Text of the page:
Why aren't there more

Why aren't there more libertarian social activists? Social activity is social: collective. But libertarianism is ideologically individualistic to the extreme; rights inhere only in individuals, not collectives. Now, there's no necessary connection between this sort of individualism and antisociality or unsociality. However I think there's a strong correlation and probably causation: being an unsocial person, standing outside the crowd, gives you a view of the crowd unlike that of the joiner. Being unsocial also means that solutions that are attractive to a social personality won't necessary appeal to you.

A social personality, encountering a problem, naturally wants to join with others to solve it. This can happen inside the state, or outside it via civil society. Either way, you get to meet people and talk. What fun! An unsocial personality wants to fix problems by himself, if possible. When that can't happen, he is just frustrated. He does not want to join an organization and waste time in meetings, waiting in lines, calling people, gladhanding crowds, etc. to get things done.

Libertarians love the free market in part because it empowers them as individuals. In a free market, when you run into a problem you just take your business somewhere else. No fuss, no muss, no confrontation, no explanation, no permission. Not very social. In the state if you run into a problem, there is usually no individual means to address it other than leave the territory of that state.

I think that you're engaging

I think that you're engaging in one of those libertarian redefinitions of phrases. The phrase "civil society" does not simply mean "society" as modified by "civil" (as in courteous). Civil society "refers to the arena of uncoerced collective action around shared interests, purposes and values." See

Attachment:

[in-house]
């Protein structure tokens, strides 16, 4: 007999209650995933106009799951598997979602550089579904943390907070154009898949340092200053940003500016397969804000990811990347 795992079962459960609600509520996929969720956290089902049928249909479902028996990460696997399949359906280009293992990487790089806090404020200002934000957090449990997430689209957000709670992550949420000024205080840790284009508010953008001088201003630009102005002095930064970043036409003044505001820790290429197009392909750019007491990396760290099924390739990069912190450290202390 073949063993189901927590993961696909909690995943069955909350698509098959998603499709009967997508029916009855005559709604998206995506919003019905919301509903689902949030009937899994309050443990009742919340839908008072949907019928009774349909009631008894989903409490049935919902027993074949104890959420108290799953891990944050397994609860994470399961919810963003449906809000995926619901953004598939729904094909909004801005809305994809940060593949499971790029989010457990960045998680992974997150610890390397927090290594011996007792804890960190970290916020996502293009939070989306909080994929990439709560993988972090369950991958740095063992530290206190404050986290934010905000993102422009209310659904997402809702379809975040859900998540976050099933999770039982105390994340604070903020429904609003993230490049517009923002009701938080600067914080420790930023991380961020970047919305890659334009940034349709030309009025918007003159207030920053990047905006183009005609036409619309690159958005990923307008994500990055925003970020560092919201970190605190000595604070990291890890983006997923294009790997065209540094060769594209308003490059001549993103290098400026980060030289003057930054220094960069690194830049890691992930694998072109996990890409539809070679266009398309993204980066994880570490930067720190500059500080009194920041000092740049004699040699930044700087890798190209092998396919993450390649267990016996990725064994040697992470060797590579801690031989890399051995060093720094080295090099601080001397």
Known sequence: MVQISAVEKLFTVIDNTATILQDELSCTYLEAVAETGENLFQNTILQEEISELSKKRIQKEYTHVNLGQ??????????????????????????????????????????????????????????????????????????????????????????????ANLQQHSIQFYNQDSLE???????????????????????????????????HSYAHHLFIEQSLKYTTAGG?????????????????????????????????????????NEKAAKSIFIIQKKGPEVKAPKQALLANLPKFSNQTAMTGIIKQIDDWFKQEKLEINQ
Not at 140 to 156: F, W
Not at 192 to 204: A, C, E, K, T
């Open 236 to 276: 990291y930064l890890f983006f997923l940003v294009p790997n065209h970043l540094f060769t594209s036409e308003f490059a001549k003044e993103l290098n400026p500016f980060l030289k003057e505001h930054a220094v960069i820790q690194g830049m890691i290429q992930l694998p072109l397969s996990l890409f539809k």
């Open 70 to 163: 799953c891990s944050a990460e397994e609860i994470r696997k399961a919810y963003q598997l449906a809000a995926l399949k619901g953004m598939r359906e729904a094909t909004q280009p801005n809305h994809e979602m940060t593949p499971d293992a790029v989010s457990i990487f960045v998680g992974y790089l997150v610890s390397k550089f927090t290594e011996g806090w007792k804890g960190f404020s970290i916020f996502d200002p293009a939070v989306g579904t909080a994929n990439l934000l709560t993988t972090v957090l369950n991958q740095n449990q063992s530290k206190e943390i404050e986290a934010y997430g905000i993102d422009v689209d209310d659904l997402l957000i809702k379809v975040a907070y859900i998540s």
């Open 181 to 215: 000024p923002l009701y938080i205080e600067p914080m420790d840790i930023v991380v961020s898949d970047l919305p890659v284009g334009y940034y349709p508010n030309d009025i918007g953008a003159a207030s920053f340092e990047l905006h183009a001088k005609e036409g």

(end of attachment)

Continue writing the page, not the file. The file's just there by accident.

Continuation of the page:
http://en.wikipedia.org/wiki/Civil_society

which provides the usual sort of sociological description of the phrase.

Rich, If you look closely,

Rich,

If you look closely, Micha said what you said, and thus you either agree or are both engaging in redefinition.

Specifically, the definition

Specifically, the definition you provide says:

Civil society refers to the arena of uncoerced collective action around shared interests, purposes and values. In theory, its institutional forms are distinct from those of the state, family and market, though in practice, the boundaries between state, civil society, family and market are often complex, blurred and negotiated. Civil society commonly embraces a diversity of spaces, actors and institutional forms, varying in their degree of formality, autonomy and power. Civil societies are often populated by organisations such as registered charities, development non-governmental organisations, community groups, women's organisations, faith-based organisations, professional associations, trades unions, self-help groups, social movements, business associations, coalitions and advocacy group.

Thus, by the definition you provide, lynchings are most definitively not a part of civil society. In your earliest post you made the distinction Micha disagreed with, suggesting that civil society = everything left over when the state is removed. That is not Micha's point, but it seems to have been yours originally until the wikipedia mention.

"When Micha talks of civil